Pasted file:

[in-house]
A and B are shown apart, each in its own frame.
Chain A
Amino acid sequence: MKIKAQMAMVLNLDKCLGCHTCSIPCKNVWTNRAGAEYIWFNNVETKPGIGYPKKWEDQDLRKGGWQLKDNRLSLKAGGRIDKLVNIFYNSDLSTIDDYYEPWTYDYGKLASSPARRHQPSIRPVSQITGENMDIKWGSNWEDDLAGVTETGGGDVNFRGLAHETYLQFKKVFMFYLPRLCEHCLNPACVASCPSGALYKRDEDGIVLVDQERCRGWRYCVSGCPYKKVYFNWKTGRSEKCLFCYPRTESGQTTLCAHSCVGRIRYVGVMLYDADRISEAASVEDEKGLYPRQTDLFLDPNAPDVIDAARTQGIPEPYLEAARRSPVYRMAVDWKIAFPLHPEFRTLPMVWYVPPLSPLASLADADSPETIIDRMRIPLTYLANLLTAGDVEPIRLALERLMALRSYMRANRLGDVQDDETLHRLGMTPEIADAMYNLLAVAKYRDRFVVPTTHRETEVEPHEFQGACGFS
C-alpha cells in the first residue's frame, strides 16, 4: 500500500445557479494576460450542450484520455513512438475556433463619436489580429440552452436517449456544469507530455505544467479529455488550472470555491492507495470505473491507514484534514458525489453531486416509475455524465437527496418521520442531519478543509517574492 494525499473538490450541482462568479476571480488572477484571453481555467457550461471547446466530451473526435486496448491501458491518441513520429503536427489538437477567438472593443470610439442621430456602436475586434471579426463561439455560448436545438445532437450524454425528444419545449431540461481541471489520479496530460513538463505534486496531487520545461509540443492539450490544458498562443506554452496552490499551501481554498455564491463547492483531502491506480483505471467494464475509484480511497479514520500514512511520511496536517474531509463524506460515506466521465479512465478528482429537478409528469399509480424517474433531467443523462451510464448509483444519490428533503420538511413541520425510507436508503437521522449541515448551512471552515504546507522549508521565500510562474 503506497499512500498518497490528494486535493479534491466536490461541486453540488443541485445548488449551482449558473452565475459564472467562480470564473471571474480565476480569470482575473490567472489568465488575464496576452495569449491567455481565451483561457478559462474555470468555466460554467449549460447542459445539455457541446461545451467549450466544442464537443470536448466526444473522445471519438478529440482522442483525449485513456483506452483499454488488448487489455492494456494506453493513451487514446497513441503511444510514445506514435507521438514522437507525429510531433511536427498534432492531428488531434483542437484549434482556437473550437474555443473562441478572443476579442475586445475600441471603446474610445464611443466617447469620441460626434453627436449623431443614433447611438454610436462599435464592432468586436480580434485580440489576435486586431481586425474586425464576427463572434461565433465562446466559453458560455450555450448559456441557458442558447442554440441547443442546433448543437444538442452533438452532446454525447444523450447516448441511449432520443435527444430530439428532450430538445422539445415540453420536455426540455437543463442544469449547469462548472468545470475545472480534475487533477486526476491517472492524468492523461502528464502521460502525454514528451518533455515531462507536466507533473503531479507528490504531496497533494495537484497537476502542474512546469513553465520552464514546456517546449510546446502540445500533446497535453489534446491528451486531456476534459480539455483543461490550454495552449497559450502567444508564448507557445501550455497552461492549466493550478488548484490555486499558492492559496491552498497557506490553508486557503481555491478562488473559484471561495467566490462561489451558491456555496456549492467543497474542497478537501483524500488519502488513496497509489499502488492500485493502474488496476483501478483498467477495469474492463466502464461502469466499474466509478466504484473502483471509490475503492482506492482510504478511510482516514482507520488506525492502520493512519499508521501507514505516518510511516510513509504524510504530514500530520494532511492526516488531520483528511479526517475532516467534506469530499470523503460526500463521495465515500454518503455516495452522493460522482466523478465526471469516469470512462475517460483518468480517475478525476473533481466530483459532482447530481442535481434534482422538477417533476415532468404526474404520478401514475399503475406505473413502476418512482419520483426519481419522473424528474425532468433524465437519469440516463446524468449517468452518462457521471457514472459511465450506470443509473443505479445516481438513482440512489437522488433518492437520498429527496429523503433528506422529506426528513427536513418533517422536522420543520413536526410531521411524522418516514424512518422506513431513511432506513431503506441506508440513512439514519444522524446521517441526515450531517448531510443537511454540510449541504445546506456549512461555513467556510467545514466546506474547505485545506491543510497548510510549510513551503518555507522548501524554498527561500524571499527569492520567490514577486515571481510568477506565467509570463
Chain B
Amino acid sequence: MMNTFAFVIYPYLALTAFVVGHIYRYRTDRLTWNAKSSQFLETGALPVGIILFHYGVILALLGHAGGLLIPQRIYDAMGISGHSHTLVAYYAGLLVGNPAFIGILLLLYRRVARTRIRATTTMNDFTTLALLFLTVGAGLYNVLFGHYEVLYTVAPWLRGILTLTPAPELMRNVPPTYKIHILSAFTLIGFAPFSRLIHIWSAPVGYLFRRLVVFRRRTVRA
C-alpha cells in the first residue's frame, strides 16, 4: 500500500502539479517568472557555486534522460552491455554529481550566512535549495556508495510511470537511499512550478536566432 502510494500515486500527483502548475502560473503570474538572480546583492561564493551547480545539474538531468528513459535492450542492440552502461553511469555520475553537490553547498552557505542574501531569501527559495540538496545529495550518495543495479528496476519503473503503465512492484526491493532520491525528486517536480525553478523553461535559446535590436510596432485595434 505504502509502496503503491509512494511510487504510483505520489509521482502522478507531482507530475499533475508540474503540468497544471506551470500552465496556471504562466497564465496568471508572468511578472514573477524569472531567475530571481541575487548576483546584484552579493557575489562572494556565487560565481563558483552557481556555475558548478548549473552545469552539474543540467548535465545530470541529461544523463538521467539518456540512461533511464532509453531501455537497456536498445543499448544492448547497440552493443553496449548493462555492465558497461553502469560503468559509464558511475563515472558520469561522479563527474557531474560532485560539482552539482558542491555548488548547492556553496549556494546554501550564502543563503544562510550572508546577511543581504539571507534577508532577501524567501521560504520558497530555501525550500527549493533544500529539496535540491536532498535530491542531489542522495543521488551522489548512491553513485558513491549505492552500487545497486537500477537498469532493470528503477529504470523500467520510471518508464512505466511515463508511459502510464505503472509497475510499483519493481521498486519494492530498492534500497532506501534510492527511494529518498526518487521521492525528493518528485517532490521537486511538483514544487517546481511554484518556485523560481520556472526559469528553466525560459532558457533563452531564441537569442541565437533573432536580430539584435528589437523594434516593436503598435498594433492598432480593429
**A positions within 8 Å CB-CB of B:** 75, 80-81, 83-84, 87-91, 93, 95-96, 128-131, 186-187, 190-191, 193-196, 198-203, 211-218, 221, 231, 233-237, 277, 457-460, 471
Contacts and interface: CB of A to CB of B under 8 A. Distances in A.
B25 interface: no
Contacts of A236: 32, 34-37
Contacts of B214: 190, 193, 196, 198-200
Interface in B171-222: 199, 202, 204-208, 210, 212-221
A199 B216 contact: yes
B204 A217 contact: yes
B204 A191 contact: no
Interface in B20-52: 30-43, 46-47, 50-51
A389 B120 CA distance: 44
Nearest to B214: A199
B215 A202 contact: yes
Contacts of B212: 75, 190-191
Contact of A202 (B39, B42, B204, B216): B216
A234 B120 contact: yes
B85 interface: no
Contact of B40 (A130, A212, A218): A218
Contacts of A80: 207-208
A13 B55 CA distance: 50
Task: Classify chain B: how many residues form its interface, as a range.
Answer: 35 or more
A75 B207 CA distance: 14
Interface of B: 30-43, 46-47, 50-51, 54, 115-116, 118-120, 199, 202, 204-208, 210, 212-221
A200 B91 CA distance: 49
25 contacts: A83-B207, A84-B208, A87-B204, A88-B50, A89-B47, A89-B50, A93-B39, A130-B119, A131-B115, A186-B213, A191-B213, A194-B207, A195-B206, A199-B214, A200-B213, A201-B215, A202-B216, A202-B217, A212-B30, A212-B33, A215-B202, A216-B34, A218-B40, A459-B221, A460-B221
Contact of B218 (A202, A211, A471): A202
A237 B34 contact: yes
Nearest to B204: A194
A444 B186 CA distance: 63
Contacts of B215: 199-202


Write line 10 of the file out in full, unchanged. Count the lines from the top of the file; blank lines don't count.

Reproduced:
Contacts and interface: CB of A to CB of B under 8 A. Distances in A.